While I don't think Mayer should have been fired, I think she made a mistake in stating her own views to her students. Why not respond with a question? When the students ask "Would you protest the war?" why not say, "would you?" I don't see how she helped kids' learning by answering the question. She could have dodged it. I do every time it comes up, and I even tell them why: "In this classroom, my opinions are irrelevant. Your opinions are critically important, and they are valuable insofar as they are backed by evidence."Here's the irony that goes unmentioned:
To put it another way, my experience tells me that telling kids my personal views about something complex like the Iraq war is unneccessary: a teacher can play devil's advocate on all sides. In fact, stating one's opinion is often counterproductive to student learning. I therefore believe it should be avoided in almost all cases.
But a firable offense? No way. Mayer's firing was a sad and unfortunate decision, and the courts' support of it could lead to some yucky outcomes. Would the school board in Indiana have canned Mayer if she had brought in a "Support our Troops" bumper sticker? If she had asked her class to write a letter of thanks to soldiers? I highly doubt it. This means that, under the current decision, the school board would gain the de facto power to select the appropriate political perspective to teach, and fire any dissenters. That's no good either.
The incident occurred in January 2003, when Mayer was teaching a class of fourth- through sixth-graders at Clear Creek Elementary School. As Mayer recalled it later, the question about peace marches arose during a discussion of an article in the children's edition of Time magazine, part of the school-approved curriculum, about protests against U.S. preparations for war in Iraq.Mayer was clearly within the range of reasonableness by advocating peace in the classroom, and the school district's claim that she was fired for incompetence, not for her politics, is evidence. The Court, though, would deny a teacher any sort of moral authority. A while back, our school hosted an assembly decrying school violence--an emotional remembrance of the Columbine tragedy. If I were like Mayer, and had said, "You know, kids, we should always seek a peaceful solution to our personal conflicts before using violent measures," and a parent had complained, I would hope and pray that my administration would stand up for the message they were already promoting.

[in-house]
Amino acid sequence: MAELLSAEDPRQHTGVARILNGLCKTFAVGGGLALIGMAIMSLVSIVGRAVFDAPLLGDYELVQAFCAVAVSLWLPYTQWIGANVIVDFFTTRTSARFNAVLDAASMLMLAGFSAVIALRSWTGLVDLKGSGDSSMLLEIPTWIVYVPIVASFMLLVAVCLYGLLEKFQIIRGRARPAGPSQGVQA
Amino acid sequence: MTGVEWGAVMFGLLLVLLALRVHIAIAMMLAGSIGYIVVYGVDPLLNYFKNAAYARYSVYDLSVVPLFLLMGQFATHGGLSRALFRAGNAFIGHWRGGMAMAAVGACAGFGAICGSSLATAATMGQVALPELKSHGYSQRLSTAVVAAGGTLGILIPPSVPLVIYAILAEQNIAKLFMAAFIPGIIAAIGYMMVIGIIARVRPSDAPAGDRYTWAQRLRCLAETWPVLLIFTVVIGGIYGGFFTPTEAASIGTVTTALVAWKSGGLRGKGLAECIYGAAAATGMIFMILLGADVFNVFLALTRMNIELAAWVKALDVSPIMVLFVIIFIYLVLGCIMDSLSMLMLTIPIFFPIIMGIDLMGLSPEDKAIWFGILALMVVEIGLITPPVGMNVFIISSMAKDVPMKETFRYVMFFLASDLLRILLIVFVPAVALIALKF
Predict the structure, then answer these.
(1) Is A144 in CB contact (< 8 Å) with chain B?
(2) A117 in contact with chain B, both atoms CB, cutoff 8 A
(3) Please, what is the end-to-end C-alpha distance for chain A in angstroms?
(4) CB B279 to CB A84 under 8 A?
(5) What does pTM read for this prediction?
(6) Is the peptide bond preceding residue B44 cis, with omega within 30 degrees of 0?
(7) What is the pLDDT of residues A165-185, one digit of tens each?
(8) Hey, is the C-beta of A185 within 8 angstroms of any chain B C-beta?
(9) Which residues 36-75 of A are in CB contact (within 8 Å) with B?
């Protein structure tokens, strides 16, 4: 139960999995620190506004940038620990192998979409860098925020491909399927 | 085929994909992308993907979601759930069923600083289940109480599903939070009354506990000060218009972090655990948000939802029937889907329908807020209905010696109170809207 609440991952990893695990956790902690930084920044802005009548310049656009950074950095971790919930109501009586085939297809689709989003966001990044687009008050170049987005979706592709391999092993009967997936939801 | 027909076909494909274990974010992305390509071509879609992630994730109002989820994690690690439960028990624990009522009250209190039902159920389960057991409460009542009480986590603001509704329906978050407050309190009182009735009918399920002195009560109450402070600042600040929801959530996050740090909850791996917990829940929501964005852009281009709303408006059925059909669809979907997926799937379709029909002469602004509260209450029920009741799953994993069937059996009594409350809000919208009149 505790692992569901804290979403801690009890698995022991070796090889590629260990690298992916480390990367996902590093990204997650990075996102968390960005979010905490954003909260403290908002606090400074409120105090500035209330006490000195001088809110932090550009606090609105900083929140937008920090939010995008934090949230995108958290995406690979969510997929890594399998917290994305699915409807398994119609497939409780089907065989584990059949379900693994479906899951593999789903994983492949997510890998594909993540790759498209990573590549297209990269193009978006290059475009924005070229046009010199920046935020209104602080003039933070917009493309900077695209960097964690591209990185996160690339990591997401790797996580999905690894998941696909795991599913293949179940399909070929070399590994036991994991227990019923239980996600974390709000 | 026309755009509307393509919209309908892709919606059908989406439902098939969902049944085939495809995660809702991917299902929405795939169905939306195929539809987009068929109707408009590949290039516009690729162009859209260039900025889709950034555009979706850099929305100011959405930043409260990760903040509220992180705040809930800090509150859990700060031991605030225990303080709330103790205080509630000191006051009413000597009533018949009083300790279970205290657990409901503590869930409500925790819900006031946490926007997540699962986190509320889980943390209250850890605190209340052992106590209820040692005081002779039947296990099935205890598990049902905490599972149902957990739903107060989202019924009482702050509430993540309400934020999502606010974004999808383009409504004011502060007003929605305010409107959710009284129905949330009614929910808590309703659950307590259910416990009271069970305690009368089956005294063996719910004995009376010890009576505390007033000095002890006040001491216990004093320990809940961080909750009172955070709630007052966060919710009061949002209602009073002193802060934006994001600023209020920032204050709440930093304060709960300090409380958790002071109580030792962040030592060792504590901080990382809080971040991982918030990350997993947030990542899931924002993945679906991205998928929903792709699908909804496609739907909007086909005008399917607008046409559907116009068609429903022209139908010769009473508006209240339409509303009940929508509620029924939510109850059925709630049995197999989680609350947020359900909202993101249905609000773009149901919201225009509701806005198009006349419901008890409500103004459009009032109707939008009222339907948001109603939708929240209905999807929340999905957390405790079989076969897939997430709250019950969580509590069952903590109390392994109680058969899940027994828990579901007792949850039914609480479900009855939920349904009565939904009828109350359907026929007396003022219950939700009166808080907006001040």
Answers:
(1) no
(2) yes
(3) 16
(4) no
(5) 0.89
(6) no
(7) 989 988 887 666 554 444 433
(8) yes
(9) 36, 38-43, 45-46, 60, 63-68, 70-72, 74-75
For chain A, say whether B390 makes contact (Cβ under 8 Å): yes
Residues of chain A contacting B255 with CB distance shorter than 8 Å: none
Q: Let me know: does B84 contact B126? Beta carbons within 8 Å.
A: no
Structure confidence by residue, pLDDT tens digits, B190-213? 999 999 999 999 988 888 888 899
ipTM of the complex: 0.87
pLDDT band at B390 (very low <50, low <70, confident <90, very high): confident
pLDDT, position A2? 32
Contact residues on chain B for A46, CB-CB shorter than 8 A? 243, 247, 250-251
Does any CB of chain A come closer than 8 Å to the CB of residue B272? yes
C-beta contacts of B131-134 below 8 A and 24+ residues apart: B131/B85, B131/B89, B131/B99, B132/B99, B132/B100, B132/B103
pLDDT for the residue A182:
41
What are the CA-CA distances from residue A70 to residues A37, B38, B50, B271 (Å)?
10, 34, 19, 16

When the student asked the question about taking part in demonstrations, Mayer said, she replied that there were peace marches in Bloomington, that she blew her horn whenever she saw a "Honk for Peace" sign, and that people should seek peaceful solutions before going to war.
A student complained to her father, who complained to the principal, who canceled the school's annual "Peace Month" observance and told Mayer never to discuss the war or her political views in class [emphasis added].
Oh, and I'm glad I teach in a district where I'm not a script-spouting robot--attorney Francisco Negrón's world.
"Teachers bring their creativity, their energy, their skill in teaching the curriculum, but ... a teacher in K-12 is really not at liberty to design a curriculum," said Negrón, who filed arguments with the court in Mayer's case supporting the Bloomington school district. "That's the function of the school board."Except in the most planned-out, constricting, intellectually deadening environments, teachers make curricular choices--even "design curriculum"--every day. We do it within a framework of age appropriateness and educational standards, but in our own words, in our own style. That's where our "creativity... energy... [and] skill" come in to play.